Public Service Commission Proposes Revisions to Uniform Business Practices

(See Part 1: NY PSC Pushes Storage as Critical Component to Utility Planning Process)

The New York Public Service Commission (“PSC” or “Commission”) issued a Notice Seeking Comments on Revisions to the Uniform Business Practices (“UBP Revisions”or “Notice”), which is the Commission’s latest effort to amend the Energy Service Company (“ESCO”) marketing requirements. In response to a seemingly minor 2017 statutory amendment to the NYS General Business Law protecting deceased accountholders from termination fees, and a narrowly drawn petition filed by Green Mountain Energy Company to eliminate the requirement that marketers provide their full first and last name on their employee badges for safety and privacy reasons, the Commission took the opportunity to propose sweeping new regulations to the retail energy market. The Notice described these as “housekeeping items.” Some of these items include expansion of the Third Party Verification (“TPV”) requirements, longer document retention periods, a requirement that ESCOs offer residential customers voluntary budget billing or levelized payment plans, a requirement that marketers advise customers to check their utility bill as a comparison to ESCO prices, and enhanced abilities of the Commission to revoke ESCO eligibility status.

The most significant new requirements relate to the TPV process. The UBP Revisions would require TPVs for the following types of sales: door-to-door, telemarketing, scheduled appointments, direct mail and electronic enrollment. Those TPV recordings, along with other documents pertaining to authorization of enrollment, must be kept for as long as the customer remains with the ESCO, plus an additional two years thereafter. For door-to-door sales and sales made by a scheduled appointment, the TPV must be conducted at least 30 minutes after the sales representative leaves the customer’s premises. The UBP Revisions also modify the substance of what questions are included in the TPV process by requiring the TPV agent to: (1) ask the customer if they participate in their utility’s low-income assistance program, and (2) verify that the marketer advised the customer to check their utility bill for the utility’s rates as a comparison to the price the ESCO is offering. Further, the TPV must be terminated, and the sale canceled, if a customer asks “any questions with respect to the agreement” during the verification process.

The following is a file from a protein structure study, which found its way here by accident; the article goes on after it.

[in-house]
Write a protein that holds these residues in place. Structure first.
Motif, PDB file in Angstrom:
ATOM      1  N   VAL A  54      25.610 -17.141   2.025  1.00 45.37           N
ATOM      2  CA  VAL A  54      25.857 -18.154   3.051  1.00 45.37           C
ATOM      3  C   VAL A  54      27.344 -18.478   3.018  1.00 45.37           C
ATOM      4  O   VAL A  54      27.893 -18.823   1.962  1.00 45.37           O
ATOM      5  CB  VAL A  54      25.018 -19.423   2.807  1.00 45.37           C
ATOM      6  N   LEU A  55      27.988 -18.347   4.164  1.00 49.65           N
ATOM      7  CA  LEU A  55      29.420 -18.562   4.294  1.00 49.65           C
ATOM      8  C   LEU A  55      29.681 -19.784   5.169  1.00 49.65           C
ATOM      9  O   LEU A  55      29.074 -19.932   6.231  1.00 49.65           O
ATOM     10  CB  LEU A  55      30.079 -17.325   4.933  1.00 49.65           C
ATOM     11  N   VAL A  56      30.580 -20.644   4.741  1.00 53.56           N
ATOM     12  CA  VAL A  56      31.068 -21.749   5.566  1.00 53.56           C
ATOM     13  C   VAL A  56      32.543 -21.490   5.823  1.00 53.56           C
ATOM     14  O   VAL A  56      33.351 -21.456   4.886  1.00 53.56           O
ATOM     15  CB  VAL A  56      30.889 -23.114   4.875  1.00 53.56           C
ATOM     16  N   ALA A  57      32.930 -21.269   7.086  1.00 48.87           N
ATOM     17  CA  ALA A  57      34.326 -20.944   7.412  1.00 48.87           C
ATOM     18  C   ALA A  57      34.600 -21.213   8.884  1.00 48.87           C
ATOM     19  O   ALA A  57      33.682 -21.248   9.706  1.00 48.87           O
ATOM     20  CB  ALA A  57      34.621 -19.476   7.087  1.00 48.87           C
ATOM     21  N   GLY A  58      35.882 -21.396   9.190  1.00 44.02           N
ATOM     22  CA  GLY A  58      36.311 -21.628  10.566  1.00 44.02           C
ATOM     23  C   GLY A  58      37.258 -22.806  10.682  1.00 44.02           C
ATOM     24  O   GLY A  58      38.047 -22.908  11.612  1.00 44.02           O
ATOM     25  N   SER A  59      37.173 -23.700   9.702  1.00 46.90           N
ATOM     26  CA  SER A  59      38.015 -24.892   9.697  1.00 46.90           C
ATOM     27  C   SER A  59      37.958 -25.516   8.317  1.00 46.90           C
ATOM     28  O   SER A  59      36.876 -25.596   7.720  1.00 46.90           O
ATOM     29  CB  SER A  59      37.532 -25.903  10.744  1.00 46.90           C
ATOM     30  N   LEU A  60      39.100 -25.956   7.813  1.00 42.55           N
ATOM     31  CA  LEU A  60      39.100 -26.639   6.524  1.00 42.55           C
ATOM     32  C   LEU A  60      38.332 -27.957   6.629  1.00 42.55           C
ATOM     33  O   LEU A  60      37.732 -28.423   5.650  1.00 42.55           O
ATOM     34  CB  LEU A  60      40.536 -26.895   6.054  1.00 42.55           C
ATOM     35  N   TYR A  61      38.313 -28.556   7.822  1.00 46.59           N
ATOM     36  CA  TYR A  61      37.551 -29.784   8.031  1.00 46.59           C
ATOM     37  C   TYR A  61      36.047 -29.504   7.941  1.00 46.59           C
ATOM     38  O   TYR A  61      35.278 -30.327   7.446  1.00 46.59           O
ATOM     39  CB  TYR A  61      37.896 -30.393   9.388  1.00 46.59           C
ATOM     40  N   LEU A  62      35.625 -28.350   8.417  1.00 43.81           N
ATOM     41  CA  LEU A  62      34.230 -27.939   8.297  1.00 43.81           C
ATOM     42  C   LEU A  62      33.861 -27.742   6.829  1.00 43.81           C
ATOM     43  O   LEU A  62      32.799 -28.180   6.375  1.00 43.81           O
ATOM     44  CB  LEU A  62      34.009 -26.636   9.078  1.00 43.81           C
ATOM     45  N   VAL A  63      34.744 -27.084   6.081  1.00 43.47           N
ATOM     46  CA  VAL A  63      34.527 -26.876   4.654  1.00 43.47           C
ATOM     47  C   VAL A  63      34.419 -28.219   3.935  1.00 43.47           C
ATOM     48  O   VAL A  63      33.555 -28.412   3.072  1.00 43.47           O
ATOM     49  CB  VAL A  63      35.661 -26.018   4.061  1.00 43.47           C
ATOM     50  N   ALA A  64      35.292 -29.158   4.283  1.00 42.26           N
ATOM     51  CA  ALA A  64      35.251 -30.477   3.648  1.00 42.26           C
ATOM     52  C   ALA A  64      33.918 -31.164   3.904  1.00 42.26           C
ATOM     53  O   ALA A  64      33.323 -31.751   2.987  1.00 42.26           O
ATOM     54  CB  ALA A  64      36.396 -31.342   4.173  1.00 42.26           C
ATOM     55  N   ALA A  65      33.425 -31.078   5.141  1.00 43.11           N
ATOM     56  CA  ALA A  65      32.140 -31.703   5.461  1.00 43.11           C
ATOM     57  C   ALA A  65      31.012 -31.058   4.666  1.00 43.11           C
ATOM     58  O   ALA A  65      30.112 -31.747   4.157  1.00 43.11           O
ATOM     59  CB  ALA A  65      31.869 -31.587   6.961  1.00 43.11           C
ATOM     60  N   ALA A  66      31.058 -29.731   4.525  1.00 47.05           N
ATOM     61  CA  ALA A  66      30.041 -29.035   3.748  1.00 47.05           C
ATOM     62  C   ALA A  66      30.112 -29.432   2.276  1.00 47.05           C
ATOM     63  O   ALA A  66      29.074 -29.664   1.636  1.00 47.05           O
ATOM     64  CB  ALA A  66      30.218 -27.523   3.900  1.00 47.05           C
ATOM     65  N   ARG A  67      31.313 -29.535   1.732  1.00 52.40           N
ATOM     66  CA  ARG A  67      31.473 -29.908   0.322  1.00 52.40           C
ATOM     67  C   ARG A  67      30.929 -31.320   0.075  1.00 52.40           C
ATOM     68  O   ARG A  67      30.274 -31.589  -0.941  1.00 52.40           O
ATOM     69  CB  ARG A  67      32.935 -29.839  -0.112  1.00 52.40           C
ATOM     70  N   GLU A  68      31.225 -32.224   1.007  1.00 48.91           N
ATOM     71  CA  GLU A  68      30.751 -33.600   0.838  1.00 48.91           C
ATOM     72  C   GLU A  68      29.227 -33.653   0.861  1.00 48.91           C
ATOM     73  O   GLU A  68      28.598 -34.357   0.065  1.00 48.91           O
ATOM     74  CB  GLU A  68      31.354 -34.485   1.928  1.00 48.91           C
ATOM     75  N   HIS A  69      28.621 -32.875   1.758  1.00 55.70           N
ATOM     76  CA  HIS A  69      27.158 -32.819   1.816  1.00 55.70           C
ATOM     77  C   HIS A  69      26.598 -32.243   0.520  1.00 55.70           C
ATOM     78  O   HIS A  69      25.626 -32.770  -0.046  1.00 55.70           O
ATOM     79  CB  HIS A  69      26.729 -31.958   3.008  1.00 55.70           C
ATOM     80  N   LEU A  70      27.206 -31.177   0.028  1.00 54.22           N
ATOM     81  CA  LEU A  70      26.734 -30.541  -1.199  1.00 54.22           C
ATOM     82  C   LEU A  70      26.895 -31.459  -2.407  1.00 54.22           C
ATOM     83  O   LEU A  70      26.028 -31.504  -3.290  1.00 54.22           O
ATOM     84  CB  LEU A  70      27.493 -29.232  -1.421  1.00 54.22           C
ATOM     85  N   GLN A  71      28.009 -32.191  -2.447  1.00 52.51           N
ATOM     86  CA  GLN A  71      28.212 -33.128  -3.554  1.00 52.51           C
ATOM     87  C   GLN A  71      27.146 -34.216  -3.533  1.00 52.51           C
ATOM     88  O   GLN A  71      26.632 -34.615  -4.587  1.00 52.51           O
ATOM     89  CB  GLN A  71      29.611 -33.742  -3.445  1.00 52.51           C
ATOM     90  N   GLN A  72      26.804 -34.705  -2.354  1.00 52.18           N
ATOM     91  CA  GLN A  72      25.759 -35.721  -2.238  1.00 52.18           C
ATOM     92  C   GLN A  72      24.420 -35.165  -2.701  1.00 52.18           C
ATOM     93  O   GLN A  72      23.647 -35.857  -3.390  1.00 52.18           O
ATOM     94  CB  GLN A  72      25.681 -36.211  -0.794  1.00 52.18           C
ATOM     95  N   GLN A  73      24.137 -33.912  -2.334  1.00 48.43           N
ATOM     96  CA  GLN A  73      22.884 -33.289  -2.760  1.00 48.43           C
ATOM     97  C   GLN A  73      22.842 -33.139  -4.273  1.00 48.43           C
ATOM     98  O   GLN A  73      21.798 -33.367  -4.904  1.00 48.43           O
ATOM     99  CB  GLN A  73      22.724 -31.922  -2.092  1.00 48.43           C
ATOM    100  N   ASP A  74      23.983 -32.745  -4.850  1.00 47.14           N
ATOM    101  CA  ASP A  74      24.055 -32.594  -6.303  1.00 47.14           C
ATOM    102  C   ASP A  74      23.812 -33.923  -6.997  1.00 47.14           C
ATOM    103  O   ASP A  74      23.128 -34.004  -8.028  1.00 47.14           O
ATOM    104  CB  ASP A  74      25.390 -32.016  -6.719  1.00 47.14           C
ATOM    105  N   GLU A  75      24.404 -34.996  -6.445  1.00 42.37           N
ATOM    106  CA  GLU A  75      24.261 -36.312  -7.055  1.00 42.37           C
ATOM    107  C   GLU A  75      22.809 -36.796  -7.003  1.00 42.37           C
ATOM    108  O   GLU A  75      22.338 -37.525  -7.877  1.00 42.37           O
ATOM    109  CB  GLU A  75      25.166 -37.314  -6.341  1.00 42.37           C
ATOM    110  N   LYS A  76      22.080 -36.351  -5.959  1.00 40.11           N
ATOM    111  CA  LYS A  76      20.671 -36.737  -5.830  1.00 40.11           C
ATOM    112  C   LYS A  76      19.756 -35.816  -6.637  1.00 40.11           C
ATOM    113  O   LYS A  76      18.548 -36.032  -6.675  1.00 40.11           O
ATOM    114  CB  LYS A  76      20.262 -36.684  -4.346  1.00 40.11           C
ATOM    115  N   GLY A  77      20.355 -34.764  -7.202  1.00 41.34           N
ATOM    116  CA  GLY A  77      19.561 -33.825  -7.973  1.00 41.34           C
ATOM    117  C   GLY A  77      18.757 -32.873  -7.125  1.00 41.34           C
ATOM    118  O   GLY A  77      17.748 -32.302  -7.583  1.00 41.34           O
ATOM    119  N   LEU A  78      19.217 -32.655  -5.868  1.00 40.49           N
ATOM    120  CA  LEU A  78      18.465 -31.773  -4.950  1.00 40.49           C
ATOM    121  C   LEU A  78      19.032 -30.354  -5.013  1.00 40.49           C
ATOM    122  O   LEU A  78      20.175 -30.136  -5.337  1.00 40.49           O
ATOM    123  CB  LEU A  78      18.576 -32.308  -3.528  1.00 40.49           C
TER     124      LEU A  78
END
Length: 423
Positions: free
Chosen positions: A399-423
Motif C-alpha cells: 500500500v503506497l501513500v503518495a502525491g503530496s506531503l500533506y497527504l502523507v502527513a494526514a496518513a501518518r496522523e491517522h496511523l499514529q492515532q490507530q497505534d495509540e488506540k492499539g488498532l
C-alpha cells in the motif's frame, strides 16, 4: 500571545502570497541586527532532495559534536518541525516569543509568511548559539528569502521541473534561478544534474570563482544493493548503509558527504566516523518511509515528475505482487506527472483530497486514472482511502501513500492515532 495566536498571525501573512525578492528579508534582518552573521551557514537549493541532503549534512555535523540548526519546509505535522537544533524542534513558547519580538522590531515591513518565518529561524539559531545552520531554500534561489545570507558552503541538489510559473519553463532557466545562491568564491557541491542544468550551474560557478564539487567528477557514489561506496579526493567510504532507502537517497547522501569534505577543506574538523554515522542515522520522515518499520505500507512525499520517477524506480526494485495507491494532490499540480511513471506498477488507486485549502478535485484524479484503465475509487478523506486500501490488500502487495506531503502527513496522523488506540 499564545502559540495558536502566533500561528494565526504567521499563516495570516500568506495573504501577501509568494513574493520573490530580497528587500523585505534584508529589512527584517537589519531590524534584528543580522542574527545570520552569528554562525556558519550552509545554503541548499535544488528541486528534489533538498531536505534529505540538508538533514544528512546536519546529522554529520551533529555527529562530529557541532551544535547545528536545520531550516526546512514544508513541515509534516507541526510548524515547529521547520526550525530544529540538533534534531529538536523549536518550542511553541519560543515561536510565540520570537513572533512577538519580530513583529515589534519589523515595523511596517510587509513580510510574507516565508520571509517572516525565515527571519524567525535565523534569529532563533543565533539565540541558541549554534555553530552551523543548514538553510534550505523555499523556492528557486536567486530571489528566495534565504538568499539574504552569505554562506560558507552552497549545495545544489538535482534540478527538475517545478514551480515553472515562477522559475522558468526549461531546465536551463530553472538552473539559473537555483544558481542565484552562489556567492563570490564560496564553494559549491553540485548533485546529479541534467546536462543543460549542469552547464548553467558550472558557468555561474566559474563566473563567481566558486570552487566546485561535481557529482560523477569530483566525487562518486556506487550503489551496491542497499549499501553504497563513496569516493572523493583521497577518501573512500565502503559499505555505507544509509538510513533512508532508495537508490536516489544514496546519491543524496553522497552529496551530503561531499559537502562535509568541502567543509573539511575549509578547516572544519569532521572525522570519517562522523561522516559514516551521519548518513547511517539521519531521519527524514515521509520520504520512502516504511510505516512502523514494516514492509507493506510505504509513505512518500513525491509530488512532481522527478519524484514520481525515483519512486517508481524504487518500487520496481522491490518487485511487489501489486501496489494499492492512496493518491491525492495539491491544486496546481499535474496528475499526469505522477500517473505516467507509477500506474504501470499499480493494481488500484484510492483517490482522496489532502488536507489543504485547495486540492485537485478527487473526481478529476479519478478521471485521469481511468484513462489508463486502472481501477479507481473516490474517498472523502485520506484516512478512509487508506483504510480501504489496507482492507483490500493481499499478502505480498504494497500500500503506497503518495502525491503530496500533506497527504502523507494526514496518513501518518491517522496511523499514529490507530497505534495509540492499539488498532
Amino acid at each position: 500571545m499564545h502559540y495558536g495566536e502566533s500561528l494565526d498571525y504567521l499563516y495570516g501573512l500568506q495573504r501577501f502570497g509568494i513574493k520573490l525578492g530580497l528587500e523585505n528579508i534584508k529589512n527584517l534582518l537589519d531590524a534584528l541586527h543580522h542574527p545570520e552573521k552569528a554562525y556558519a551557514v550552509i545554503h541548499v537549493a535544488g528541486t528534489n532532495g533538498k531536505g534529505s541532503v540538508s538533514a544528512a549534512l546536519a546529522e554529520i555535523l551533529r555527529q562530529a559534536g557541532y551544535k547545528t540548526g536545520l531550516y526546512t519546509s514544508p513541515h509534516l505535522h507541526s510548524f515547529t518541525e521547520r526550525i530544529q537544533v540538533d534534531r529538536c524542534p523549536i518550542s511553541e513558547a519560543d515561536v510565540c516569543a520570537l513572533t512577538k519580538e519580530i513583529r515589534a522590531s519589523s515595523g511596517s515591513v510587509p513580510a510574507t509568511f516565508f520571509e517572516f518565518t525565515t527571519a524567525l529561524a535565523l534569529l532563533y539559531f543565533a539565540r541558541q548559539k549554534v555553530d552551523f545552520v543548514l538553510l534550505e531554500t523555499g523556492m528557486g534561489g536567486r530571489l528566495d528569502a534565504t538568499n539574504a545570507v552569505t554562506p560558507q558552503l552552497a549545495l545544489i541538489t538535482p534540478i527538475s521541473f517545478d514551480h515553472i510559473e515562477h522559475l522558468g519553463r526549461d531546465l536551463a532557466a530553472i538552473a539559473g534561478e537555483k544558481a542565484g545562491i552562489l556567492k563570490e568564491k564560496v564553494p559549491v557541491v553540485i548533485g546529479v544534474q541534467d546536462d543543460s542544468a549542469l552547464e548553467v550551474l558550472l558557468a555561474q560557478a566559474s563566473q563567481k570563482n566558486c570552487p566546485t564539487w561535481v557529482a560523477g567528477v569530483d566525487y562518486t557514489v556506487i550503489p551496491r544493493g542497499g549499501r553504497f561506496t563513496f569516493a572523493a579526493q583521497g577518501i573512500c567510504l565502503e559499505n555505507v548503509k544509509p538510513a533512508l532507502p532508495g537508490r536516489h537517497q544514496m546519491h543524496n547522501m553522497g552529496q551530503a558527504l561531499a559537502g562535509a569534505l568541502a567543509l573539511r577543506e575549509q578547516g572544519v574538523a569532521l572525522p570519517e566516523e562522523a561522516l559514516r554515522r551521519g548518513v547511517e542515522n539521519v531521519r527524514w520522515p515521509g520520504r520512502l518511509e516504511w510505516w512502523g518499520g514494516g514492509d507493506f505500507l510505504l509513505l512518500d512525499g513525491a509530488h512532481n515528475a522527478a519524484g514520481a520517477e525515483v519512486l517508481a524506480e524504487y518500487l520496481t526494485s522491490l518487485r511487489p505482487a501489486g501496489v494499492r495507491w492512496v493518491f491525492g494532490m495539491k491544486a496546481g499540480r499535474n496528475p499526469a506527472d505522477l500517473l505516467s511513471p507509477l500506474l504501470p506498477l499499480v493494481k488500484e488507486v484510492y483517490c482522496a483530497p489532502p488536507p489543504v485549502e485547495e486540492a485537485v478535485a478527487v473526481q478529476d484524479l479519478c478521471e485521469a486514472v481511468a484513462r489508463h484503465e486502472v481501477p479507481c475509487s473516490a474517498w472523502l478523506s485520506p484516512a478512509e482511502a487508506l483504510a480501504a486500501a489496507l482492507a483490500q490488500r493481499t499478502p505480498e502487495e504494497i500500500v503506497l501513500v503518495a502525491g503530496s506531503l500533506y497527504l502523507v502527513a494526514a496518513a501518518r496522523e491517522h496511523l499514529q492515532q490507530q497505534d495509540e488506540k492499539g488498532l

The UBP Revisions also, for the first time, provide authorization for sales obtained through an e-mailed contract. (Previously, the UBP only contemplated written agreements by original document or fax). At the same time, the changes appear to require TPV for all forms of written agreements, whether received by e-mail, fax or mail.

The UBP Revisions also address ESCO compliance with the Clean Energy Standard (“CES”). Just as the Commission’s February 22, 2017 Order Directing Tariff Amendments requires the utilities to recover the costs of purchasing Renewable Energy Credits (“RECs”) and Zero-Emissions Credits (“ZECs”) through existing supply mechanisms and bill lines—as opposed to a separate line item to show customers the true cost of these programs—the UBP Revisions require ESCOs to imbed their ZEC cost recovery (but not RECs) into commodity charges on customers’ bills. Meanwhile, neither the UBP Revisions, nor the recent Order Approving Phase 1 Implementation Plan, address the outstanding issue that some ESCOs face with regard to the disparity between the Commission’s estimated ZEC obligations imposed on each ESCO—which is based on sales data from the 2015-2016 period—versus actual obligations based on changes in load since that period. Some ESCOs have indicated that as a result of this disparity, they may be required to overpay for their ZEC obligations by millions of dollars, which will accrue non-refundable interest until those overpayments are trued up.

The proposed UBP Revisions are far from mere “housekeeping items,” and could create significant compliance challenges for ESCOs. ESCOs should carefully consider these proposed requirements in light of their business operations. Comments on the changes are required by May 8, 2017.

Phillips Lytle’s Energy Practice Team has extensive expertise in Public Service Commission/Utility regulatory matters, including all aspects of retail energy regulation in New York and formal petitions to the Public Service Commission. For more information about Phillips Lytle’s Public Service Commission expertise, please contact Thomas F. Puchner, Partner, at (518) 472-1224 Ext. 1245, tpuchner@phillipslytle.com, or Kevin C. Blake, Associate, at (716) 847-7082, kblake@phillipslytle.com.

NY PSC Pushes Storage as Critical Component to Utility Planning Process